GAO Suggests Further Authority for FTC Could Enhance Consumer Protection

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In written testimony before the Senate Homeland Security Subcommittee on Investigations, Alicia Puente, director of Financial Market and Community Investment at the Government Accountability Office (GAO), suggested that increased authorities for the Federal Trade Commission (FTC) could enhance privacy enforcement and consumer protection online.

Puente wrote that GAO found gaps in the federal privacy framework and that FTC could do more to improve its consumer protection practices, as she found that 24 percent of American households avoided making financial transactions on the internet because of privacy concerns–a significant statistic on Americans’ hesitation to share financial information online.

Puente found that various stakeholders, including industry, preferred the FTC’s current enforcement of authority over deceptive practices, arguing that these practices allow for more flexibility. But other stakeholders, including consumer advocates and former FTC commissioners, favored having FTC issue and enforce regulations.

“Stakeholders said that regulations can provide clarity, flexibility, and act as a deterrent, and may also promote fairness by giving companies notice of what actions are prohibited,” Puente wrote.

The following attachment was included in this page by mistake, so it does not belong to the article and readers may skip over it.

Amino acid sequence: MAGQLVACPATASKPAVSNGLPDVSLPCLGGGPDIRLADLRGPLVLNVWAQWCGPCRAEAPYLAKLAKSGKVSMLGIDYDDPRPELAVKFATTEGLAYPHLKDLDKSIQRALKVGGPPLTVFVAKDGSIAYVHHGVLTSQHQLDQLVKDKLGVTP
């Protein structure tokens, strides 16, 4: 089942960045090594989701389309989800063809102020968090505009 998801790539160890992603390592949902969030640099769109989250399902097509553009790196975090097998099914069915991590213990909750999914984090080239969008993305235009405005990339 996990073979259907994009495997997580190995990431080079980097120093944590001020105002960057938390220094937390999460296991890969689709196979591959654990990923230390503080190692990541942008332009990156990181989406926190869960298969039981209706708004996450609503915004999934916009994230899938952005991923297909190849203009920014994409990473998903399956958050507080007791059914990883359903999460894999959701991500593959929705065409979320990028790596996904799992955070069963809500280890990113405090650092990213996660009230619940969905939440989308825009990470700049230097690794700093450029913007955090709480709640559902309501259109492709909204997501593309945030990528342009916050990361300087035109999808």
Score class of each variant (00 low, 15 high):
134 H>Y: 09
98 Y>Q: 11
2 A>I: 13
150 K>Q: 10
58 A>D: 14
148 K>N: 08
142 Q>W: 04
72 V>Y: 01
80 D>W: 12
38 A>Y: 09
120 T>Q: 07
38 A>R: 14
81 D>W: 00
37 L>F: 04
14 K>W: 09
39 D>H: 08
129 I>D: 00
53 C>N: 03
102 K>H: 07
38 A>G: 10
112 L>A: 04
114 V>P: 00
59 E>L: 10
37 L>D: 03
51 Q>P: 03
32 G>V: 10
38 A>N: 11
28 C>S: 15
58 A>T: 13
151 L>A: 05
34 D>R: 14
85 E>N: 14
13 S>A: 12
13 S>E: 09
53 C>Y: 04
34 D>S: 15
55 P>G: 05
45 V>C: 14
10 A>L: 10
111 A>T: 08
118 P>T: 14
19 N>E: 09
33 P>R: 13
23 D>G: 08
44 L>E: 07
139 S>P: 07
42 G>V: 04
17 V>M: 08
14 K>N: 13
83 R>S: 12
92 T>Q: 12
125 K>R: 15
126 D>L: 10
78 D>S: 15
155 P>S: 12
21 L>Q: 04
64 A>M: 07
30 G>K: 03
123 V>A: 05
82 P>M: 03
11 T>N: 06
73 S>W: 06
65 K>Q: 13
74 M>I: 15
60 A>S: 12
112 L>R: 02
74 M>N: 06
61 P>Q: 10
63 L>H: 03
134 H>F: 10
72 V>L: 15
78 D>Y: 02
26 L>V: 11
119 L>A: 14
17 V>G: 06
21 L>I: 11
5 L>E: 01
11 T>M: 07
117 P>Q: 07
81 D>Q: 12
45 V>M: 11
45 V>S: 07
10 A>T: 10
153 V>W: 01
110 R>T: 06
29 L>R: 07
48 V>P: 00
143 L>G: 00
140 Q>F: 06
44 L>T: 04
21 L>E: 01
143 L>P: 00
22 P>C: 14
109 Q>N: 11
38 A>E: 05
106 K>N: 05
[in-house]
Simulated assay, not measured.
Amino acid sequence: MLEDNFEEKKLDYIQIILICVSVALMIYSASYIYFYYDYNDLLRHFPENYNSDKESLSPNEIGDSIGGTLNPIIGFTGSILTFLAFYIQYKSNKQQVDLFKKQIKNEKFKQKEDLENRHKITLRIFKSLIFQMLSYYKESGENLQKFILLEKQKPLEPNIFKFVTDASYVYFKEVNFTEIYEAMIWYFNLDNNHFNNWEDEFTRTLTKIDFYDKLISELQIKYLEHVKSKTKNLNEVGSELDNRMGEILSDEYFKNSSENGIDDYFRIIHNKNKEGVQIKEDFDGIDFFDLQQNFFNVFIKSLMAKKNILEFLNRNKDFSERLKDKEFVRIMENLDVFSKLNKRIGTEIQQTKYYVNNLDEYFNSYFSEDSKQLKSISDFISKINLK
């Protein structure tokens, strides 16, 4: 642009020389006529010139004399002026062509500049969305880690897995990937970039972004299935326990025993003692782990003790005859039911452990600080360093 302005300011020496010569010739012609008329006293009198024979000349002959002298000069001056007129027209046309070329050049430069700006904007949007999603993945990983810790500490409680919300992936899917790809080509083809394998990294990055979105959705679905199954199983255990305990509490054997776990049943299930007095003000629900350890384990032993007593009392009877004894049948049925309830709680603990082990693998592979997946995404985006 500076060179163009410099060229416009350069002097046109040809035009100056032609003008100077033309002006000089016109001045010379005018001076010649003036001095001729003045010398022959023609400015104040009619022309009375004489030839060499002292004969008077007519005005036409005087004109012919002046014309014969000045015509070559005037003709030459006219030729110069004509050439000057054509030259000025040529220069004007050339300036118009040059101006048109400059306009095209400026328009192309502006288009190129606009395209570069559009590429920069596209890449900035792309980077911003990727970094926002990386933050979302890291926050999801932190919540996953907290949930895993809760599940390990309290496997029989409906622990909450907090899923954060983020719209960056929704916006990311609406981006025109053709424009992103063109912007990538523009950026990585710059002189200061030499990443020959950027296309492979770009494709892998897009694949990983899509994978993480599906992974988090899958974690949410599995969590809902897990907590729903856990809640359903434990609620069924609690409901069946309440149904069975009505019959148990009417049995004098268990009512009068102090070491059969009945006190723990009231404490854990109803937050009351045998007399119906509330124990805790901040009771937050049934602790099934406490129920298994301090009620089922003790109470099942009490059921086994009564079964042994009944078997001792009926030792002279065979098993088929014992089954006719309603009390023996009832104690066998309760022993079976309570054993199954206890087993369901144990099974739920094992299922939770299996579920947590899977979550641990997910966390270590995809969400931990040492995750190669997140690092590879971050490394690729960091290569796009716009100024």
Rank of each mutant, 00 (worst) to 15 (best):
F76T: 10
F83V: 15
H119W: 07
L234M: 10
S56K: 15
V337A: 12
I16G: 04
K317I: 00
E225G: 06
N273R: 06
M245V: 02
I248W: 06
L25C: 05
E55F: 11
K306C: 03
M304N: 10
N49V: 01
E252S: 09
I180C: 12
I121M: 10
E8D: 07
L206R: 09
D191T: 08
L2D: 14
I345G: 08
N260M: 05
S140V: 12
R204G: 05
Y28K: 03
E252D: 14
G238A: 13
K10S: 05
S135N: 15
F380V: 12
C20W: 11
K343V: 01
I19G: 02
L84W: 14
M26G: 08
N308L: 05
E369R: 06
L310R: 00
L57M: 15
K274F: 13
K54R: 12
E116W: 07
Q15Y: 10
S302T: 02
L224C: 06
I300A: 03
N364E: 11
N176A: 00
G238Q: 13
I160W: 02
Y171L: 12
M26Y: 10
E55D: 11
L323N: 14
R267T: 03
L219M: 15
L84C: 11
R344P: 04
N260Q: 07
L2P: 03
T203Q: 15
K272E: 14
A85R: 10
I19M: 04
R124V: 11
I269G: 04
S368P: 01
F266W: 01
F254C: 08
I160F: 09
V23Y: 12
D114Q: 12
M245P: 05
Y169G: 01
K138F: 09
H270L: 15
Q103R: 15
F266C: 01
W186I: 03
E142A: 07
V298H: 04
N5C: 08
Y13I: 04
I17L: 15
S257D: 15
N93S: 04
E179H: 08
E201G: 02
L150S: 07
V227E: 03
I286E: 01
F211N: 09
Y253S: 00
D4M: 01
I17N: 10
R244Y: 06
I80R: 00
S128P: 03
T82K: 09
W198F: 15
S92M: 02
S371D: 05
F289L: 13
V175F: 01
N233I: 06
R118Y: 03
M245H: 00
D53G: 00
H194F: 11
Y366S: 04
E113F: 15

Stakeholders who believe FTC could further its enforcement suggested three actions the commission could take, the first of which is an adoption of a privacy statute.

“A statute could enhance Internet privacy oversight by, for example, clearly articulating to consumers, industry, and privacy enforcers what behaviors are prohibited,” Puente wrote. “Some stakeholders also stated that the absence of a comprehensive Internet privacy statute affects FTC’s enforcement.”

The second suggestion is to provide FTC with notice-and-comment rulemaking authority, which would allow for dialogue between the public and agency enforcing the respective ruling.

Finally, some stakeholders suggested FTC enhance its ability to levy civil penalties against companies for initial violations of regulations.

“An academic told us that the power of an agency to levy a fine is a tangible way to hold industries accountable,” Puente stated.

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